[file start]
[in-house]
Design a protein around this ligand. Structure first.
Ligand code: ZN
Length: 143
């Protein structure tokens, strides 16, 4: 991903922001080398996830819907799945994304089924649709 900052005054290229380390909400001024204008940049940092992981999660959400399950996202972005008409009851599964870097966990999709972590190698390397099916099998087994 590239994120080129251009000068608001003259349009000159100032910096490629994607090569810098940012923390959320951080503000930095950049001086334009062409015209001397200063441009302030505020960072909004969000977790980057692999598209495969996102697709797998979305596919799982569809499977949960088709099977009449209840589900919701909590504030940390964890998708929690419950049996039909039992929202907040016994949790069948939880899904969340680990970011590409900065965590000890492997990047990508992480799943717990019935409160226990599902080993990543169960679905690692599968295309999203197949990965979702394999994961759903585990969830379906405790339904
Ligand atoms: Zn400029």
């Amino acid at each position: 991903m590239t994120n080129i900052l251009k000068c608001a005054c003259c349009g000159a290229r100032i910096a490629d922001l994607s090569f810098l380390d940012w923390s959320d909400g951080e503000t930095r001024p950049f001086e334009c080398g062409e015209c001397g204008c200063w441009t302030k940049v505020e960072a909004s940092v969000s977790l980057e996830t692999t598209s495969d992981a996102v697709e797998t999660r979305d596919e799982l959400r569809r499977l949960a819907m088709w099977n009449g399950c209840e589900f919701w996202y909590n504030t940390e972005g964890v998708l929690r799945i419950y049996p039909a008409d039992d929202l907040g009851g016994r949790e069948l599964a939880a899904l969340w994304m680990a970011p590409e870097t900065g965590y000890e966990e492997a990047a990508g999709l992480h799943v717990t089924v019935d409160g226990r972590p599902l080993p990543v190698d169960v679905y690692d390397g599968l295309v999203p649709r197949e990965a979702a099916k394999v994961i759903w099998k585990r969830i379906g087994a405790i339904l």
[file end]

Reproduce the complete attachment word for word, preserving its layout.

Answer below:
[in-house]
Design a protein around this ligand. Structure first.
Ligand code: ZN
Length: 143
């Protein structure tokens, strides 16, 4: 991903922001080398996830819907799945994304089924649709 900052005054290229380390909400001024204008940049940092992981999660959400399950996202972005008409009851599964870097966990999709972590190698390397099916099998087994 590239994120080129251009000068608001003259349009000159100032910096490629994607090569810098940012923390959320951080503000930095950049001086334009062409015209001397200063441009302030505020960072909004969000977790980057692999598209495969996102697709797998979305596919799982569809499977949960088709099977009449209840589900919701909590504030940390964890998708929690419950049996039909039992929202907040016994949790069948939880899904969340680990970011590409900065965590000890492997990047990508992480799943717990019935409160226990599902080993990543169960679905690692599968295309999203197949990965979702394999994961759903585990969830379906405790339904
Ligand atoms: Zn400029």
């Amino acid at each position: 991903m590239t994120n080129i900052l251009k000068c608001a005054c003259c349009g000159a290229r100032i910096a490629d922001l994607s090569f810098l380390d940012w923390s959320d909400g951080e503000t930095r001024p950049f001086e334009c080398g062409e015209c001397g204008c200063w441009t302030k940049v505020e960072a909004s940092v969000s977790l980057e996830t692999t598209s495969d992981a996102v697709e797998t999660r979305d596919e799982l959400r569809r499977l949960a819907m088709w099977n009449g399950c209840e589900f919701w996202y909590n504030t940390e972005g964890v998708l929690r799945i419950y049996p039909a008409d039992d929202l907040g009851g016994r949790e069948l599964a939880a899904l969340w994304m680990a970011p590409e870097t900065g965590y000890e966990e492997a990047a990508g999709l992480h799943v717990t089924v019935d409160g226990r972590p599902l080993p990543v190698d169960v679905y690692d390397g599968l295309v999203p649709r197949e990965a979702a099916k394999v994961i759903w099998k585990r969830i379906g087994a405790i339904l």